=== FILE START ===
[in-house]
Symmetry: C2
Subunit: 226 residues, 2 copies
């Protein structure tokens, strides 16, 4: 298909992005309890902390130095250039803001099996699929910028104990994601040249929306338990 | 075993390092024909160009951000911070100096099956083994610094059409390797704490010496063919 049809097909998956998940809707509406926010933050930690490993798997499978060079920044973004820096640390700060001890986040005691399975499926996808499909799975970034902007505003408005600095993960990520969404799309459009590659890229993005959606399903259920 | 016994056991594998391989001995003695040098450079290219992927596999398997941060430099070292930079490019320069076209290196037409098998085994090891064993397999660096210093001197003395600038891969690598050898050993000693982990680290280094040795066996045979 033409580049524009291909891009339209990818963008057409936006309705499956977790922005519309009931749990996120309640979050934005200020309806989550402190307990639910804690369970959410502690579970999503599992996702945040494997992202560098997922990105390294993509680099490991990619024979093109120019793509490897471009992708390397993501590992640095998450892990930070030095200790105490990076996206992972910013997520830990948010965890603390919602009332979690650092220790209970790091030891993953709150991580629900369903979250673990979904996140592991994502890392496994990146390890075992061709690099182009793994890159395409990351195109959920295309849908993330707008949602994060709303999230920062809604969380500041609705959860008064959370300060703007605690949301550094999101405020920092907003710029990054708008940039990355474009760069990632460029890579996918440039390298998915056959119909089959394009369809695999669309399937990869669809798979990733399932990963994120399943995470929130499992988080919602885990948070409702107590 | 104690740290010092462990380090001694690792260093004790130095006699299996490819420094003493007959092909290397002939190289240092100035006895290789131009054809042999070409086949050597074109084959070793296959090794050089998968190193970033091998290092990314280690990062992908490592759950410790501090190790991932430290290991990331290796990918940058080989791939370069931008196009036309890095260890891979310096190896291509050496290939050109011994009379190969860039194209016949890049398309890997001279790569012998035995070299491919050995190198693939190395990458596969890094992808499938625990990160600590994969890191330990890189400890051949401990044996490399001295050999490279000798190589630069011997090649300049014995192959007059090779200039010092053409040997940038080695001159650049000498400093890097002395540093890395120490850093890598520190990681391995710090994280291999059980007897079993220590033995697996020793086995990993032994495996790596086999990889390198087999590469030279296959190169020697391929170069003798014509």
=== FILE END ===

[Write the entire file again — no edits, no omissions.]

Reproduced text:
[in-house]
Symmetry: C2
Subunit: 226 residues, 2 copies
């Protein structure tokens, strides 16, 4: 298909992005309890902390130095250039803001099996699929910028104990994601040249929306338990 | 075993390092024909160009951000911070100096099956083994610094059409390797704490010496063919 049809097909998956998940809707509406926010933050930690490993798997499978060079920044973004820096640390700060001890986040005691399975499926996808499909799975970034902007505003408005600095993960990520969404799309459009590659890229993005959606399903259920 | 016994056991594998391989001995003695040098450079290219992927596999398997941060430099070292930079490019320069076209290196037409098998085994090891064993397999660096210093001197003395600038891969690598050898050993000693982990680290280094040795066996045979 033409580049524009291909891009339209990818963008057409936006309705499956977790922005519309009931749990996120309640979050934005200020309806989550402190307990639910804690369970959410502690579970999503599992996702945040494997992202560098997922990105390294993509680099490991990619024979093109120019793509490897471009992708390397993501590992640095998450892990930070030095200790105490990076996206992972910013997520830990948010965890603390919602009332979690650092220790209970790091030891993953709150991580629900369903979250673990979904996140592991994502890392496994990146390890075992061709690099182009793994890159395409990351195109959920295309849908993330707008949602994060709303999230920062809604969380500041609705959860008064959370300060703007605690949301550094999101405020920092907003710029990054708008940039990355474009760069990632460029890579996918440039390298998915056959119909089959394009369809695999669309399937990869669809798979990733399932990963994120399943995470929130499992988080919602885990948070409702107590 | 104690740290010092462990380090001694690792260093004790130095006699299996490819420094003493007959092909290397002939190289240092100035006895290789131009054809042999070409086949050597074109084959070793296959090794050089998968190193970033091998290092990314280690990062992908490592759950410790501090190790991932430290290991990331290796990918940058080989791939370069931008196009036309890095260890891979310096190896291509050496290939050109011994009379190969860039194209016949890049398309890997001279790569012998035995070299491919050995190198693939190395990458596969890094992808499938625990990160600590994969890191330990890189400890051949401990044996490399001295050999490279000798190589630069011997090649300049014995192959007059090779200039010092053409040997940038080695001159650049000498400093890097002395540093890395120490850093890598520190990681391995710090994280291999059980007897079993220590033995697996020793086995990993032994495996790596086999990889390198087999590469030279296959190169020697391929170069003798014509």